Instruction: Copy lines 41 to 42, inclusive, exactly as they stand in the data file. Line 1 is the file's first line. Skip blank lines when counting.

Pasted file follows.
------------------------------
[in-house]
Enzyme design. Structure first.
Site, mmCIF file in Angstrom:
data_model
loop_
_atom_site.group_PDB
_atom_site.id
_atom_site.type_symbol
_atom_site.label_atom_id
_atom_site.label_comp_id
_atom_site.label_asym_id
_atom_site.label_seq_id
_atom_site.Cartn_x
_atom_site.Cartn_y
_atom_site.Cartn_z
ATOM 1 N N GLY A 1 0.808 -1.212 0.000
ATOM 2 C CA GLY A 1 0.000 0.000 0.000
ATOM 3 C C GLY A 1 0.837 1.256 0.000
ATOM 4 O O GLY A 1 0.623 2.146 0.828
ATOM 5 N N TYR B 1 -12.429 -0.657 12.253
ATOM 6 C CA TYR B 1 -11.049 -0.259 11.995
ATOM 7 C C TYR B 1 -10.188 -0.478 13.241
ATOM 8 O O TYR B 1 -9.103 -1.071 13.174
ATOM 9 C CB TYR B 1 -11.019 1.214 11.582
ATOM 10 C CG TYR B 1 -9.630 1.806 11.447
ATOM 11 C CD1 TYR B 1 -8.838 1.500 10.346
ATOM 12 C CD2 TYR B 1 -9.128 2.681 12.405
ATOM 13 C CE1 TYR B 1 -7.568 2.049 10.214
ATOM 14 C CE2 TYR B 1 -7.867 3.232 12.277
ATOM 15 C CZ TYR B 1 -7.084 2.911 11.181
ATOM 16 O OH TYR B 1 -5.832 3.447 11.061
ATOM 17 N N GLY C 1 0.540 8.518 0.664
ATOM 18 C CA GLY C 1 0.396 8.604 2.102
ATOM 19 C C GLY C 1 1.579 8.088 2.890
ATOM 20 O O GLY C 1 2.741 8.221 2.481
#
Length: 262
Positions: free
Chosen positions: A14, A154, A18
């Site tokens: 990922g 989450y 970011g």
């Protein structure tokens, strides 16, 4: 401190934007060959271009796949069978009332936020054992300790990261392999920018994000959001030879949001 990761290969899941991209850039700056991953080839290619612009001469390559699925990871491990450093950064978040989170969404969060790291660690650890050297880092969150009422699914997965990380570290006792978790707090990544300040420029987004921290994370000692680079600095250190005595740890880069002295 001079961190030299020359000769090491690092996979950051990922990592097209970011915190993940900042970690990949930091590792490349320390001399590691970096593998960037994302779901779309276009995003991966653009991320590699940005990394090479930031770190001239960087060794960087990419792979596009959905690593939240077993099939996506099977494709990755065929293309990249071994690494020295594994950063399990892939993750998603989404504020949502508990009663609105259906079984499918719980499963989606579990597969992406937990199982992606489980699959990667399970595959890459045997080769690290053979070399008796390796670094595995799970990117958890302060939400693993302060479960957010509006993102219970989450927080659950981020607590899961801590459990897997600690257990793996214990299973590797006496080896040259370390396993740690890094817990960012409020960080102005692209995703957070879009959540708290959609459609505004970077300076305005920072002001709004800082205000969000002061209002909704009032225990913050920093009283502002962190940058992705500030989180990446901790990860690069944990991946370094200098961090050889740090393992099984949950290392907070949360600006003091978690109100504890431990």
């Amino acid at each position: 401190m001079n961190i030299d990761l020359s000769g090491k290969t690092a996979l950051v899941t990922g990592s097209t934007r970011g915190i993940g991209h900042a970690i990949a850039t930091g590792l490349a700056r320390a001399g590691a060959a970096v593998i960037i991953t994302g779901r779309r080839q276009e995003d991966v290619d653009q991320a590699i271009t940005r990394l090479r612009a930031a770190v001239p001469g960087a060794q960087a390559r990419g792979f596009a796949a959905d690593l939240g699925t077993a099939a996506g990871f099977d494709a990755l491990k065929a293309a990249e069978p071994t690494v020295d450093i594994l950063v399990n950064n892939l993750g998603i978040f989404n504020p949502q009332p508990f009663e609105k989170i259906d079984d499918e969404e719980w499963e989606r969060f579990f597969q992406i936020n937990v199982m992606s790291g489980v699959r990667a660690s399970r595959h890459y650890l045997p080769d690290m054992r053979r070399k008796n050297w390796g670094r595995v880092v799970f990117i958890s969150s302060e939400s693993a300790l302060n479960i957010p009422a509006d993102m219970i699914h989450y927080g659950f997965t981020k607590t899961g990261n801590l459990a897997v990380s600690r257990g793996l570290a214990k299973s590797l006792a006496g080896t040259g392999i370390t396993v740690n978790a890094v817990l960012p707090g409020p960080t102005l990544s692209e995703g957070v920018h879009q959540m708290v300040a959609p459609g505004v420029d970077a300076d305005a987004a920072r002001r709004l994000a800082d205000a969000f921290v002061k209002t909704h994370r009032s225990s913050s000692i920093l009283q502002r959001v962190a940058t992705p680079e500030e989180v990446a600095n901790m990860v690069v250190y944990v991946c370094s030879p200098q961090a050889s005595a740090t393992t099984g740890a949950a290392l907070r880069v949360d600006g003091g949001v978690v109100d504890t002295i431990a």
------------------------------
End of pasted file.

């Protein structure tokens, strides 16, 4: 401190934007060959271009796949069978009332936020054992300790990261392999920018994000959001030879949001 990761290969899941991209850039700056991953080839290619612009001469390559699925990871491990450093950064978040989170969404969060790291660690650890050297880092969150009422699914997965990380570290006792978790707090990544300040420029987004921290994370000692680079600095250190005595740890880069002295 001079961190030299020359000769090491690092996979950051990922990592097209970011915190993940900042970690990949930091590792490349320390001399590691970096593998960037994302779901779309276009995003991966653009991320590699940005990394090479930031770190001239960087060794960087990419792979596009959905690593939240077993099939996506099977494709990755065929293309990249071994690494020295594994950063399990892939993750998603989404504020949502508990009663609105259906079984499918719980499963989606579990597969992406937990199982992606489980699959990667399970595959890459045997080769690290053979070399008796390796670094595995799970990117958890302060939400693993302060479960957010509006993102219970989450927080659950981020607590899961801590459990897997600690257990793996214990299973590797006496080896040259370390396993740690890094817990960012409020960080102005692209995703957070879009959540708290959609459609505004970077300076305005920072002001709004800082205000969000002061209002909704009032225990913050920093009283502002962190940058992705500030989180990446901790990860690069944990991946370094200098961090050889740090393992099984949950290392907070949360600006003091978690109100504890431990």
């Amino acid at each position: 401190m001079n961190i030299d990761l020359s000769g090491k290969t690092a996979l950051v899941t990922g990592s097209t934007r970011g915190i993940g991209h900042a970690i990949a850039t930091g590792l490349a700056r320390a001399g590691a060959a970096v593998i960037i991953t994302g779901r779309r080839q276009e995003d991966v290619d653009q991320a590699i271009t940005r990394l090479r612009a930031a770190v001239p001469g960087a060794q960087a390559r990419g792979f596009a796949a959905d690593l939240g699925t077993a099939a996506g990871f099977d494709a990755l491990k065929a293309a990249e069978p071994t690494v020295d450093i594994l950063v399990n950064n892939l993750g998603i978040f989404n504020p949502q009332p508990f009663e609105k989170i259906d079984d499918e969404e719980w499963e989606r969060f579990f597969q992406i936020n937990v199982m992606s790291g489980v699959r990667a660690s399970r595959h890459y650890l045997p080769d690290m054992r053979r070399k008796n050297w390796g670094r595995v880092v799970f990117i958890s969150s302060e939400s693993a300790l302060n479960i957010p009422a509006d993102m219970i699914h989450y927080g659950f997965t981020k607590t899961g990261n801590l459990a897997v990380s600690r257990g793996l570290a214990k299973s590797l006792a006496g080896t040259g392999i370390t396993v740690n978790a890094v817990l960012p707090g409020p960080t102005l990544s692209e995703g957070v920018h879009q959540m708290v300040a959609p459609g505004v420029d970077a300076d305005a987004a920072r002001r709004l994000a800082d205000a969000f921290v002061k209002t909704h994370r009032s225990s913050s000692i920093l009283q502002r959001v962190a940058t992705p680079e500030e989180v990446a600095n901790m990860v690069v250190y944990v991946c370094s030879p200098q961090a050889s005595a740090t393992t099984g740890a949950a290392l907070r880069v949360d600006g003091g949001v978690v109100d504890t002295i431990a």